While self administered chiropractic adjustment is recommended against (even chiropractors go to see other chiropractors when in need of musculoskeletal correction), there are a few simple chiropractic care methods that are perfectly safe to perform at home. These consist mainly of stretches one can do in their chair or elsewhere in their main living quarters.
Of course, before administering any in-home chiropractic care, it is imperative that the patient undergo an examination conducted by a professional physician or chiropractor. Not only can a professional recommend at-home chiropractic care treatments that specifically target the patientâ€™s needs, but there is also the potential to do more harm than good if the patientâ€™s injuries have left them in a vulnerable physical condition.
The primary goal of at-home chiropractic care is prevention. The heavier job of adjustment and correction are best left to trained professionals, but prevention starts at home. Some chiropractors recommend eight basic stretches to start the workday with. You might not expect it, but even the minor physical strain of everyday activity can cause problems in the long run. These eight basic stretches will greatly reduce the risk of eventually needing major chiropractic attention, they include:
Bending forward; this exercise can be done either standing up and touching your toes, or from your chair by laying your chest flat on your knees and letting your arms hang freely.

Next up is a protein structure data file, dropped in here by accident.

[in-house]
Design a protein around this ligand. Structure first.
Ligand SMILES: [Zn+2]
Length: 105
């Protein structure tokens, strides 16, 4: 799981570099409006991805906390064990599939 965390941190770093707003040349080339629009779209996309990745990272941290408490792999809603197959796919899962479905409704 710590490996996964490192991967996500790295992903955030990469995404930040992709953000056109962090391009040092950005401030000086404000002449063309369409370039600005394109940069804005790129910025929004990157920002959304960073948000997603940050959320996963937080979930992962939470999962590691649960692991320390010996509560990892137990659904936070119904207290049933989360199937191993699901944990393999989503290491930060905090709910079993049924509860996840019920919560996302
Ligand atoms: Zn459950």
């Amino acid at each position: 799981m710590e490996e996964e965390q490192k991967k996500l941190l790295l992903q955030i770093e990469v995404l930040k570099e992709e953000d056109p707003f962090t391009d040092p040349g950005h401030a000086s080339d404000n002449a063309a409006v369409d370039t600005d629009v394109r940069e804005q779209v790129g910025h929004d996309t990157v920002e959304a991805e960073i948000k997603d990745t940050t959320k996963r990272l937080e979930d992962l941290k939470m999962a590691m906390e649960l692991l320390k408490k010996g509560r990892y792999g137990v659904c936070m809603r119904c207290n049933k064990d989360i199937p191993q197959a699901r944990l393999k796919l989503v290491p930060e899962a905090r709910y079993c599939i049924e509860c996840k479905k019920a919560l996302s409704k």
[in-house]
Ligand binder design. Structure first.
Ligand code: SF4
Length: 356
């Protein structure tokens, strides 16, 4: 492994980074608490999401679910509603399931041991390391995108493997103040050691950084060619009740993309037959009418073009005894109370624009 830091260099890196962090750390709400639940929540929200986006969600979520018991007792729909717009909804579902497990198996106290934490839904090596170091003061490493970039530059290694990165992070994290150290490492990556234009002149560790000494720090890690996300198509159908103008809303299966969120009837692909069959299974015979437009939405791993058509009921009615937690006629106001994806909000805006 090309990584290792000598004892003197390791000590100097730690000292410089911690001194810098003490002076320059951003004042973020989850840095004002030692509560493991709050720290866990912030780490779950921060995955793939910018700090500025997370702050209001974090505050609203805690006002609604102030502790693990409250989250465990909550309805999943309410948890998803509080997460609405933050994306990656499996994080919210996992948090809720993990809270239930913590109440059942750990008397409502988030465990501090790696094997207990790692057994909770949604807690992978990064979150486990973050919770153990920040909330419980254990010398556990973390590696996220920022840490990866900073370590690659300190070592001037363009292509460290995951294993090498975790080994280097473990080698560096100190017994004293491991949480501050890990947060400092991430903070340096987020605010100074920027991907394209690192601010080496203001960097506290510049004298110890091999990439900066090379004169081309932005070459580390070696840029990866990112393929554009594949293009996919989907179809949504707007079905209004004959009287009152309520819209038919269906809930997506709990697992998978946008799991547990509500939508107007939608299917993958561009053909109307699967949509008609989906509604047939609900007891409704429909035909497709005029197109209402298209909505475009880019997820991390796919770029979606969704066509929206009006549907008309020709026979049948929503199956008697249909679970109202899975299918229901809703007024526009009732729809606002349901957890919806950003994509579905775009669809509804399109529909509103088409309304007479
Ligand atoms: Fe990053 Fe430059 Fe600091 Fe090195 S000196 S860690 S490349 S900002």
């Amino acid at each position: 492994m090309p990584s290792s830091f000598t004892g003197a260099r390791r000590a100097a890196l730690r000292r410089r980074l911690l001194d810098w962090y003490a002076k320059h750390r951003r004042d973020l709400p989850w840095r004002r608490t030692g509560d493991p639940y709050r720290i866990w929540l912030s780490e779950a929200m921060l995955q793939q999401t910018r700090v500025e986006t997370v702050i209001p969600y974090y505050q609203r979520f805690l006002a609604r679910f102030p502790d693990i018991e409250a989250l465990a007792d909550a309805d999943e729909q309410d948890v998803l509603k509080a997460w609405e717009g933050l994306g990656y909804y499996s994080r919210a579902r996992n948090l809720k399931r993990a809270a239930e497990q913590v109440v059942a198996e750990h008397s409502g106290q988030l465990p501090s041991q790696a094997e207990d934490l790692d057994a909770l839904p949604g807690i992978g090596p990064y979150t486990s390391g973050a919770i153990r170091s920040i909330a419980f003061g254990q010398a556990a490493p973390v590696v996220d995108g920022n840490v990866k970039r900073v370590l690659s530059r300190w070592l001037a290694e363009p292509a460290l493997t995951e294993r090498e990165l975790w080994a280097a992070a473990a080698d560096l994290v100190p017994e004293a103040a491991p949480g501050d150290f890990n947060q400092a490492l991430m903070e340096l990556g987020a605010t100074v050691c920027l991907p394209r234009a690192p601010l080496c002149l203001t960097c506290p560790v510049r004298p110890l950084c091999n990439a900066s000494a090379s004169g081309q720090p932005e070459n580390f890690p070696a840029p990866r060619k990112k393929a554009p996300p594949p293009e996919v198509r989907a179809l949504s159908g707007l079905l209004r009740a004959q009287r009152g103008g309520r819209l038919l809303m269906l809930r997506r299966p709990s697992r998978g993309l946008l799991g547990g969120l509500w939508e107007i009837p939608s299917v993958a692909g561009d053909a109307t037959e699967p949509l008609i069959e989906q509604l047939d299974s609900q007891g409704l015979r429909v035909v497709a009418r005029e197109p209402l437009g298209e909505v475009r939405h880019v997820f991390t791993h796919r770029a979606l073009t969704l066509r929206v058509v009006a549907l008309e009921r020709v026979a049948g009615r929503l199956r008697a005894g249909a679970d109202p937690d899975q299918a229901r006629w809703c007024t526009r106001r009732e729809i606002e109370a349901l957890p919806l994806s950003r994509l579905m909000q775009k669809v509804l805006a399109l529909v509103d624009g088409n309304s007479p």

Flamingo stretching; this exercise entails standing on one foot and using your hand to pull the other foot up as high as you comfortably can behind your back.
Standing in the corner; standing about two feet from a corner of the room, put your forearms on each wall at about shoulder height and lean forward.
Crossing your arms; simply fold one arm over the chest and use the other to pull on the elbow, stretching the shoulder and triceps.
Neck stretches; lean your head to the left, the right or forward, using your hands to give a gentle pull in that direction.
Scratch your back; this exercise entails placing one hand on your back, pointing your elbow skywards and using your free hand to gently pull your elbow downwards.
Shrugging; simply rotating, shrugging and moving your shoulders up and down or in circles while your arms hang free at your sides.
Lower back twists; sitting down, cross your legs and place your right hand over the outside of your left leg and pull, stretching as much as you can without any discomfort.
You may receive further advice from your chiropractic care giver for other exercises or stretches you can do at home, but the above are proven to help prevent recurrent flare-ups and may serve to â€˜keep the doctor awayâ€™.